Cultivate gratitude

Cultivate gratitude

By Jean Ricot Dormeus

A while ago, I started a gratitude journal and have experienced the benefits of writing down five things I am grateful for every day. I picked up the idea from the book, “Business Secrets from the Bible” by Rabbi Daniel Lapin and turned it into a habit. I channel my thoughts to count my blessings, see life through a positive lens and look for the silver lining in every situation. As a result, I enjoy greater levels of motivation and well-being.

Countless people have confirmed the value of gratitude as a life enhancer and a path to lofty achievements. Randy Paush, in his book, “The Last lecture”, mentioned how a student got accepted in her dream university even after a decision was made to turn down her application. A professor found a thank you letter in her file and determined that it was worth it to take a chance on her character and her habit of expressing gratitude.

McCullough, Emmons, and Tsang (2002) conducted 4 studies looking at psychological domains and gratitude. They found that gratitude reduces toxic aggression, frustration, and regret even after receiving negative feedback.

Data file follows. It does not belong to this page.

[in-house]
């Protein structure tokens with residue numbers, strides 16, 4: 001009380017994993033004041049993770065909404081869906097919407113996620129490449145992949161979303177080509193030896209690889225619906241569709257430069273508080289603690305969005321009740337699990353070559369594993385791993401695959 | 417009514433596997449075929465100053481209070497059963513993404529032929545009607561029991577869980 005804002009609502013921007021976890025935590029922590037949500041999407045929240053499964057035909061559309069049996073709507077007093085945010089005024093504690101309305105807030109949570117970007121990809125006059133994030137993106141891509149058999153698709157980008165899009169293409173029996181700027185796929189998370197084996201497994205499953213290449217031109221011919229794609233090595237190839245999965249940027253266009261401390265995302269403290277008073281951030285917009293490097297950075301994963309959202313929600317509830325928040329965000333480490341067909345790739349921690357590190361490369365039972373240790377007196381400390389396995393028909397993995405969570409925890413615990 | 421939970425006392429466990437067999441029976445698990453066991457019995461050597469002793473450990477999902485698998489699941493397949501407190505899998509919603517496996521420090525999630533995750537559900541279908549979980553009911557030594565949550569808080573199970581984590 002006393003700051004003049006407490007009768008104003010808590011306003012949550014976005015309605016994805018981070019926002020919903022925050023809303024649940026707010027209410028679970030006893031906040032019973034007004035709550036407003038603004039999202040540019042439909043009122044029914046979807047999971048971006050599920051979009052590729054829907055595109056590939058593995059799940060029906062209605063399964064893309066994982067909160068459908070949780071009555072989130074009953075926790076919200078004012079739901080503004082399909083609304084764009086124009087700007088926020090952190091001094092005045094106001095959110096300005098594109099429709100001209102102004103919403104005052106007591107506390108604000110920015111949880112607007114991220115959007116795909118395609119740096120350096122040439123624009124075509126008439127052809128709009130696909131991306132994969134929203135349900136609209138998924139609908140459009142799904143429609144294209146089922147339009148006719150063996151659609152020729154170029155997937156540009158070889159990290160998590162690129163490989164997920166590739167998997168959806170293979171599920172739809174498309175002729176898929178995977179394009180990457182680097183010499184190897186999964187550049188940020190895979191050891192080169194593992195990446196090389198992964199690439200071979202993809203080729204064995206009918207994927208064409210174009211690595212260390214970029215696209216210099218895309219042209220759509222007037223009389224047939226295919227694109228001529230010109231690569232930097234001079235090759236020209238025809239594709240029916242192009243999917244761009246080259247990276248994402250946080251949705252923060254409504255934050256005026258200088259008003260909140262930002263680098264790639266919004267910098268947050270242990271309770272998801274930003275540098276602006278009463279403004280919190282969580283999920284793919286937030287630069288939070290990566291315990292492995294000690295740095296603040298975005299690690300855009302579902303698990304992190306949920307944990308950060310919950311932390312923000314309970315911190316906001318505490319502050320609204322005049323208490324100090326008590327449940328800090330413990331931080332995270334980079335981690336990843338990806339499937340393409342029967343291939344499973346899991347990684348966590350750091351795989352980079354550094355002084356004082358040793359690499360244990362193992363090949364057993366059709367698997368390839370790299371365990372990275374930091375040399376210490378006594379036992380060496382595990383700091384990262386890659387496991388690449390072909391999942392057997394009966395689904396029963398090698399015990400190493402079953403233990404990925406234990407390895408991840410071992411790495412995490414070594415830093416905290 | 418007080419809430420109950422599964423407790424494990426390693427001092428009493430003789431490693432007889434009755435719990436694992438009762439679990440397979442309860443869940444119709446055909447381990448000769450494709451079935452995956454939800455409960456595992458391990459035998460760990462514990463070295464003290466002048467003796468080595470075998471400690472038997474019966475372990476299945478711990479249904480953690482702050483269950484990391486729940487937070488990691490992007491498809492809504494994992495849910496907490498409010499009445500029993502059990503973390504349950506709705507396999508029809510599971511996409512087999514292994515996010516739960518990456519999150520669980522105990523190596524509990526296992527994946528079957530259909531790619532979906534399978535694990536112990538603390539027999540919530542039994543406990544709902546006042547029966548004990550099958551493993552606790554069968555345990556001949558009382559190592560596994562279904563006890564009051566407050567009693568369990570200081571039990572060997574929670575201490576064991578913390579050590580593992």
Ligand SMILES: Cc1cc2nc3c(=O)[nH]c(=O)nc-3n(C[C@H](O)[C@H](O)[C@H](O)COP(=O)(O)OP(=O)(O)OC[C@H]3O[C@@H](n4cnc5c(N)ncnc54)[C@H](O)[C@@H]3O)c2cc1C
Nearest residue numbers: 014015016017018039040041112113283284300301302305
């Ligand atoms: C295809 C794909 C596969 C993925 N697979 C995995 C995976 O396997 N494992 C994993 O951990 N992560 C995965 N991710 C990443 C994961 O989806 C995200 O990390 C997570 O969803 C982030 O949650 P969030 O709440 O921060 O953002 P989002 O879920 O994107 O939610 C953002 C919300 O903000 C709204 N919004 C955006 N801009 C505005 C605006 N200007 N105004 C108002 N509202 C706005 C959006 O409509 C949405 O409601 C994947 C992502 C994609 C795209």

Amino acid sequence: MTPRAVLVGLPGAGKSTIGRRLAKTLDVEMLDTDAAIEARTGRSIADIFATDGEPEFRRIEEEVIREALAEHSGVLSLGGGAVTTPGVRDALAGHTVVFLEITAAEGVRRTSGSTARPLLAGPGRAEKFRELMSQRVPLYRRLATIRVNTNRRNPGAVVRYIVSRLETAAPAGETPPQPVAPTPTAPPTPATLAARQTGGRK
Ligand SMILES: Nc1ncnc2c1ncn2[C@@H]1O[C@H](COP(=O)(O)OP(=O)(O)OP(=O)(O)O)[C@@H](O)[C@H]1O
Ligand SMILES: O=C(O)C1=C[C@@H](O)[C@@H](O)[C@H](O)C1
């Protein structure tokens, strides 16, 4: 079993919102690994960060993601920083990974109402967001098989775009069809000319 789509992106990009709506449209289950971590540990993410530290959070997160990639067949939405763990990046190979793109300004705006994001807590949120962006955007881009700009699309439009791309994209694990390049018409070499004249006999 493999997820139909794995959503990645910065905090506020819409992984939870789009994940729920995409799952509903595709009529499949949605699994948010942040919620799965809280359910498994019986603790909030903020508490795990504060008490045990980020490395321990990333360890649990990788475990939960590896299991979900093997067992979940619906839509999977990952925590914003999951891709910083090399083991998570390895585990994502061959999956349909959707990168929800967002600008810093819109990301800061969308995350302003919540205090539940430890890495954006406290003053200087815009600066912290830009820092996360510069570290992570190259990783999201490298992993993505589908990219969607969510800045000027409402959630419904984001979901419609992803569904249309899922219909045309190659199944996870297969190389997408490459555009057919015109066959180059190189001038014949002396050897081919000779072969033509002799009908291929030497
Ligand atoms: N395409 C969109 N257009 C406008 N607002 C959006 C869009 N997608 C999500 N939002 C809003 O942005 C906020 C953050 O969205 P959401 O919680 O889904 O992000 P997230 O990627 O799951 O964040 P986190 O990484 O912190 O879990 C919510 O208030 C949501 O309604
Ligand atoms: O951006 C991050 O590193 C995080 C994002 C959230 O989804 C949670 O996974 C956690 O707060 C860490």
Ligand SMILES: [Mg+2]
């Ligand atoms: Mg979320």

In a study of 800 descriptive trait words, “grateful” was rated in the top 4% in terms of likeability. Further, over 90% of American teens and adults indicated that expressing gratitude made them “extremely happy” or “somewhat happy”. A five-minute daily gratitude journal can increase long-term well-being by 10%.

Over two millennia ago, Epictetus said, “He is a wise man who does not grieve for the things which he has not, but rejoices for those which he has.” And Charles Dickens went one further saying, “Reflect upon your present blessings, of which every man has plenty; not on your past misfortunes, of which all men have some.” 

You will transform your life if you develop your gratitude muscle, especially if you are prone to complaining, criticizing or judging. Gratitude will provide you a springboard to reach the top in style. By all means, cultivate gratitude.

Jean Ricot Dormeus

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“To concede defeat when you are entrusted with a mission amounts to jeopardizing the utility and quality of the rest of your life. Is it worth it?”

Jean Ricot Dormeus, Land of Dormant Dreams – A Walk into the Future, p. 61